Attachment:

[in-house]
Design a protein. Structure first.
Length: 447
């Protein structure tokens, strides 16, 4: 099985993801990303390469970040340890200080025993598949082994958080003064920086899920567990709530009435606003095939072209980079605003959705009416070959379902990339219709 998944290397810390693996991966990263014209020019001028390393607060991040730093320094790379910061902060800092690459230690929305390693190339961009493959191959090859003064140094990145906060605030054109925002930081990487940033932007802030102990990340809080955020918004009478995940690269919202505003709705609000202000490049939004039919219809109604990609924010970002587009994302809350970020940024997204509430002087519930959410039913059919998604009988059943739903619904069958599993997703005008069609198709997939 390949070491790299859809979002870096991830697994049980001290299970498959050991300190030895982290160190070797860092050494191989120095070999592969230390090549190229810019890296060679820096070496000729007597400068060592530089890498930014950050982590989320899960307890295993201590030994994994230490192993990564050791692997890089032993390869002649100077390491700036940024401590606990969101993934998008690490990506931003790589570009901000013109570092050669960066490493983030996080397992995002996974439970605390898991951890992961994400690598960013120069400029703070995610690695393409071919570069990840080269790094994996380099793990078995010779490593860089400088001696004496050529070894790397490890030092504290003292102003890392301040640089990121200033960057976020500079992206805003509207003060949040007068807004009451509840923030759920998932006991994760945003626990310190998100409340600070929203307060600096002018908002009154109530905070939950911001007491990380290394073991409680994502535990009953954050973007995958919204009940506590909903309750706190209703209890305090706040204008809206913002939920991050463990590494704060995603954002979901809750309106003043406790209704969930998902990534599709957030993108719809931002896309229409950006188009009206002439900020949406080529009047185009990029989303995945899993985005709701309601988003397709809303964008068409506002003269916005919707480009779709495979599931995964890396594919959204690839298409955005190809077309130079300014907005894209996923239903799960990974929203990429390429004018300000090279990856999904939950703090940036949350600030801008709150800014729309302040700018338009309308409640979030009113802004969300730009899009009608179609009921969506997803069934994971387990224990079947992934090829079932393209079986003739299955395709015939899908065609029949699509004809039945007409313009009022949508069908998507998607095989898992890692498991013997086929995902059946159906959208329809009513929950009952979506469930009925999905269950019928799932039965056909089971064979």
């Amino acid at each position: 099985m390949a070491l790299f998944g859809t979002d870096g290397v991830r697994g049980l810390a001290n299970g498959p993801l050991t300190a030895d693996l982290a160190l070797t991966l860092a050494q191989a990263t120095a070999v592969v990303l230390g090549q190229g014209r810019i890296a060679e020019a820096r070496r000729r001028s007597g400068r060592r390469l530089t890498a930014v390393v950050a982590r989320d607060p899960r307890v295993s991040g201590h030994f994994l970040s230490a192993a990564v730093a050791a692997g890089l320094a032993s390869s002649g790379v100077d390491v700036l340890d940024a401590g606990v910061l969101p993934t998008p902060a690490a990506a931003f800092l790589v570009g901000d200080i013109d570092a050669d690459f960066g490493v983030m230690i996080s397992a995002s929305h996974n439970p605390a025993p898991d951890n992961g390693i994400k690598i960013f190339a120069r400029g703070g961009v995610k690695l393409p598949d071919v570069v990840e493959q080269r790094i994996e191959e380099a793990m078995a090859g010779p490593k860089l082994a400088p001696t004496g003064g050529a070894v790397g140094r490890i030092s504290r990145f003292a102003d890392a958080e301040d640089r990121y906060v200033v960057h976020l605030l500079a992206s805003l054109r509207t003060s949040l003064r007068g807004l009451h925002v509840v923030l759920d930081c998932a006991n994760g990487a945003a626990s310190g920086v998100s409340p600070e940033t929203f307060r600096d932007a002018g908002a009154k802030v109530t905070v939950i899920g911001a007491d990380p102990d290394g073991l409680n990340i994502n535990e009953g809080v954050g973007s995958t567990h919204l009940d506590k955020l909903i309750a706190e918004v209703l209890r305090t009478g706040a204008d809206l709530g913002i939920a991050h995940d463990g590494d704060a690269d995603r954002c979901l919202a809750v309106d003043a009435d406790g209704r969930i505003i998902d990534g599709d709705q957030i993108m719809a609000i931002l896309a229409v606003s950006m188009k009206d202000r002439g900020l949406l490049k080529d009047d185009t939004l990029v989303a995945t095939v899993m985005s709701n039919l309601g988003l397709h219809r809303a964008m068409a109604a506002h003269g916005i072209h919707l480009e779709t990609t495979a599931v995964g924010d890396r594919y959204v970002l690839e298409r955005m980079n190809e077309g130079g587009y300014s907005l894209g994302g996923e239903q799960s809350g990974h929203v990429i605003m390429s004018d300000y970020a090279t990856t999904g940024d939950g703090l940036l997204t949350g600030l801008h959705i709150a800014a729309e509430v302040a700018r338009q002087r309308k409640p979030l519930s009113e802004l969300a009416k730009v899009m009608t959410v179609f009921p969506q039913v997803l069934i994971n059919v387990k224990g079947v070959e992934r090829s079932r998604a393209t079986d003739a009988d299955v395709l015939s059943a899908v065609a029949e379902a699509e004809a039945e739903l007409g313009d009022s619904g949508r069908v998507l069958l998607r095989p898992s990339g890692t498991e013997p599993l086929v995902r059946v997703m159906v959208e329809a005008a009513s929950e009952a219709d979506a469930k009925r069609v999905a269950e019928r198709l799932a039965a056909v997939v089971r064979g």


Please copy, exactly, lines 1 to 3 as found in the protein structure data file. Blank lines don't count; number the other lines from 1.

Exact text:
[in-house]
Design a protein. Structure first.
Length: 447